Why it isn't safe to flash hazard lights while driving in the rain

By Chaffin Mitchell, AccuWeather staff writer

If you have turned on your hazard lights in the rain while driving, then you were most likely breaking the law, depending on which state you live in.

Officials stress that flashers should only be used while your vehicle is stopped or disabled on the roadway or shoulder. The lights are a sign for emergency services that someone is in need of assistance.

"Hazard lights are for vehicles that are stopped and pulled over on the side of the road. It is not for moving vehicles," Public Safety Information Coordinator Eddy Durkin said.

"So - regardless of the weather conditions - if you are driving a moving vehicle, do not activate your flashing lights; it will only cause confusion and compromise your safety," Durkin said.


Cars driving on wet road in the rain with headlights. (c1a1p1c1o1m1/Getty Images/iStockphoto)

Hazard lights can actually reduce visibility making other drivers think you are stopped or stalled. They make it difficult to see if motorists ahead are tapping on the brakes and they don't allow you to use your turn signals.

"A motorist behind you might mistake it for a turn signal or assume that you are tapping on your brakes. They are called hazard lights because they signal a hazard - that your car has broken down, or you have been in an accident," Durkin said.

Durkin said there is one situation where hazard lights are appropriate for moving vehicles and that is during a funeral procession.

"The best advice while driving in the rain is to adjust your speed to the conditions by slowing down and leave more room between your vehicle and the vehicle ahead of you, more than three or four seconds," Durkin said.

Durkin advises if you are caught in a storm that has caused significant flooding, do not drive through standing water because your car could become stuck, plus you don't know if any part of a roadway has been washed away.

"One of the most dangerous times to drive is soon after it begins to rain, as oils on roadways make for slick conditions," Chris Hayes, second vice president of risk control and transportation for Travelers.com, said.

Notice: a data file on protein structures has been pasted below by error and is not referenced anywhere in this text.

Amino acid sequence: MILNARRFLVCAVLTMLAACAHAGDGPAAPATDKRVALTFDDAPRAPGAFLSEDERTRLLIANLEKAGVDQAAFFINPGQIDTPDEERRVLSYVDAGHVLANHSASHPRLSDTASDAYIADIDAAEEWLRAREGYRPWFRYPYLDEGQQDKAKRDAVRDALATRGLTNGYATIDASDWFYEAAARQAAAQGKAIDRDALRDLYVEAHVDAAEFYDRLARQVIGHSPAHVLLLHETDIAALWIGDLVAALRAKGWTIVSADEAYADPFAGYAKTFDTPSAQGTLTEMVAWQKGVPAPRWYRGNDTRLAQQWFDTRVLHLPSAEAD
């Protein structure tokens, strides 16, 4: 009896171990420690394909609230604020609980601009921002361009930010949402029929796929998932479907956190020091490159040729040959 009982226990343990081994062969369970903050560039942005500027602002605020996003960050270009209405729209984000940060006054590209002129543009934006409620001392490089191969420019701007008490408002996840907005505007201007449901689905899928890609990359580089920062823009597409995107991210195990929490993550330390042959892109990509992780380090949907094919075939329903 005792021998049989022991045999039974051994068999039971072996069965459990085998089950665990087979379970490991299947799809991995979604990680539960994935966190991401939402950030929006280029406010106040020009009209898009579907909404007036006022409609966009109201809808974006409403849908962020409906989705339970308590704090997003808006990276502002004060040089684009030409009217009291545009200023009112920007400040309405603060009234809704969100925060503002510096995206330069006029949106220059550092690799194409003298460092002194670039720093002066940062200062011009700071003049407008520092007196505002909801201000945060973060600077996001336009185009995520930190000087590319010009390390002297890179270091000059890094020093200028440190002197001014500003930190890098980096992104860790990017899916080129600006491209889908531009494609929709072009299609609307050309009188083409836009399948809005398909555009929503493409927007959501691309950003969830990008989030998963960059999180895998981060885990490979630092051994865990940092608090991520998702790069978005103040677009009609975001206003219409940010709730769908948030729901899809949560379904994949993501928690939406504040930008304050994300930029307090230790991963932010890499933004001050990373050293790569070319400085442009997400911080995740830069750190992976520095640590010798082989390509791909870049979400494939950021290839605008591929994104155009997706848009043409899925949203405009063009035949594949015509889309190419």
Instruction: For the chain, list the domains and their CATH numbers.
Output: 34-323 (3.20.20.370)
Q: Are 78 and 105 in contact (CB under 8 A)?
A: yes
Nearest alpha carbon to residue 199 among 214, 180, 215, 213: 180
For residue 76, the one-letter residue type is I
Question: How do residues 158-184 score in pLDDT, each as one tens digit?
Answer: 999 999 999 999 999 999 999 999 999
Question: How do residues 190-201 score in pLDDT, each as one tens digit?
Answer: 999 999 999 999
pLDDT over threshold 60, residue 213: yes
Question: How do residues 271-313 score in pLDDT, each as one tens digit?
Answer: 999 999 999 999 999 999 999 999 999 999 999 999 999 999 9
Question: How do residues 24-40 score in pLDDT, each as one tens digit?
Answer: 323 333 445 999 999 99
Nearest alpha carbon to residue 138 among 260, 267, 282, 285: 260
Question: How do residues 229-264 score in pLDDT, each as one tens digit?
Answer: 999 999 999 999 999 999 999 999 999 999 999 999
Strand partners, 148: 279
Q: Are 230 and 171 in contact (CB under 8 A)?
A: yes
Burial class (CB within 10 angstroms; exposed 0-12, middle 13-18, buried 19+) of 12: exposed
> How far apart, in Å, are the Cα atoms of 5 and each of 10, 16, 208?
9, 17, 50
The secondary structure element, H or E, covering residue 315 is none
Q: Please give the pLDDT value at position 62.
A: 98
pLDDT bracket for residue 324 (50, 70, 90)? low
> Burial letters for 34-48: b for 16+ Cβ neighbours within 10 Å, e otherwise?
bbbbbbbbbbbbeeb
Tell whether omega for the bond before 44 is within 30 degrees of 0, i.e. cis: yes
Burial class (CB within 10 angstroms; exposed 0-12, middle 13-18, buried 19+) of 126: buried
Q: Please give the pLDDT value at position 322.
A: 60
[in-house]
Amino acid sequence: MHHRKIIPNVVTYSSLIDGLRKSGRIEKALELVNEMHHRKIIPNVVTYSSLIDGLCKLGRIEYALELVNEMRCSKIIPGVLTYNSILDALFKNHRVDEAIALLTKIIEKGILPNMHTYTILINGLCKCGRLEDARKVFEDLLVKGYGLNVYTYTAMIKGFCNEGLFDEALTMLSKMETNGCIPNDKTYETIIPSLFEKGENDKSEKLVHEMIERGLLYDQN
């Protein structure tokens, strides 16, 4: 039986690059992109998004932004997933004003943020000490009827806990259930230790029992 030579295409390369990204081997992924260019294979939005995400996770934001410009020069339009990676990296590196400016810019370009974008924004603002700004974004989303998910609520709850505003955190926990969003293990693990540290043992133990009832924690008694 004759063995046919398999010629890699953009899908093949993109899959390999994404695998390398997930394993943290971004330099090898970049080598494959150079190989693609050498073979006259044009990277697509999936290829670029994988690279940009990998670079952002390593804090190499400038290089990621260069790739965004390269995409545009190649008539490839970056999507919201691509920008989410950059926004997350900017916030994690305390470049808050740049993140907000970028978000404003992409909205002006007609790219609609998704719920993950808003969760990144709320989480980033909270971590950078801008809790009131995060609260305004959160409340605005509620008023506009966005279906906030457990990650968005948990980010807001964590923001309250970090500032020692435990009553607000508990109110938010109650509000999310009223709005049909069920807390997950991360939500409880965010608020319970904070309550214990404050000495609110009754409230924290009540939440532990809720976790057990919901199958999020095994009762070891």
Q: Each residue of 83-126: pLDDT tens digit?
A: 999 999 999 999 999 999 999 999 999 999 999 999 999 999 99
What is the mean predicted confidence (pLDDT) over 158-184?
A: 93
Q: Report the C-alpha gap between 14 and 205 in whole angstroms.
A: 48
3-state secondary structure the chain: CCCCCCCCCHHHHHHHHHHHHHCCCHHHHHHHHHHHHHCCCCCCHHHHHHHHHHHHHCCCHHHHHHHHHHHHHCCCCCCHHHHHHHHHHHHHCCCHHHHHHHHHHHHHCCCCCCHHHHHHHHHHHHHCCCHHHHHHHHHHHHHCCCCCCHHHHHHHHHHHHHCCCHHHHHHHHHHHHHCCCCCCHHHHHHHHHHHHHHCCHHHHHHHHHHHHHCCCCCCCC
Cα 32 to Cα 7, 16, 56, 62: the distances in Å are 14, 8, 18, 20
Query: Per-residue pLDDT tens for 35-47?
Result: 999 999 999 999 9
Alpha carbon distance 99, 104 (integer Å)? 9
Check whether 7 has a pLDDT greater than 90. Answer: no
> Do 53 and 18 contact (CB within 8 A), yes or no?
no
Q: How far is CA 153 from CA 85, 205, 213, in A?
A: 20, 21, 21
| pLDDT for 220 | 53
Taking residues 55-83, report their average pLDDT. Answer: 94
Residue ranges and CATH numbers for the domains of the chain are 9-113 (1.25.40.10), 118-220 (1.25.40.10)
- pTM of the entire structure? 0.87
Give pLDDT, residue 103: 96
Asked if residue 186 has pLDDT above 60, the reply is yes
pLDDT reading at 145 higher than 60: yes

Experts say waiting a few minutes, rather than rushing to your destination, can be a safer plan when it is raining.

"Turn your headlights on to help other vehicles see you. Many states require the use of headlights during rain, even in broad daylight," Hayes said.

Hayes also recommends giving other vehicles more space.

"Add one to two extra seconds of following time in the rain, which gives you and the cars behind you more time to react to traffic," Hayes said.

The American Automobile Association (AAA) completed a study that investigated the number of motor vehicle crashes, injuries, and deaths that occurred in the United States from 2010 to 2014 in relation to the weather conditions and weather-related roadway surface conditions present at the time of the crash.

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The majority of all crashes over the study period (86.2 percent) occurred in clear weather. Among crashes that did not occur in clear weather, the condition present in the greatest proportion of crashes was rain (9.2 percent).

The study said rainfall was associated with elevated crash rates even after accounting for traffic volume.

If you are unsure of the hazard light laws in your state, AAA has a list of state laws regarding hazards. If you cannot see, pull over to a safe place and wait until driving conditions are better.

For more safety and preparedness tips, visit AccuWeather.com/Ready.

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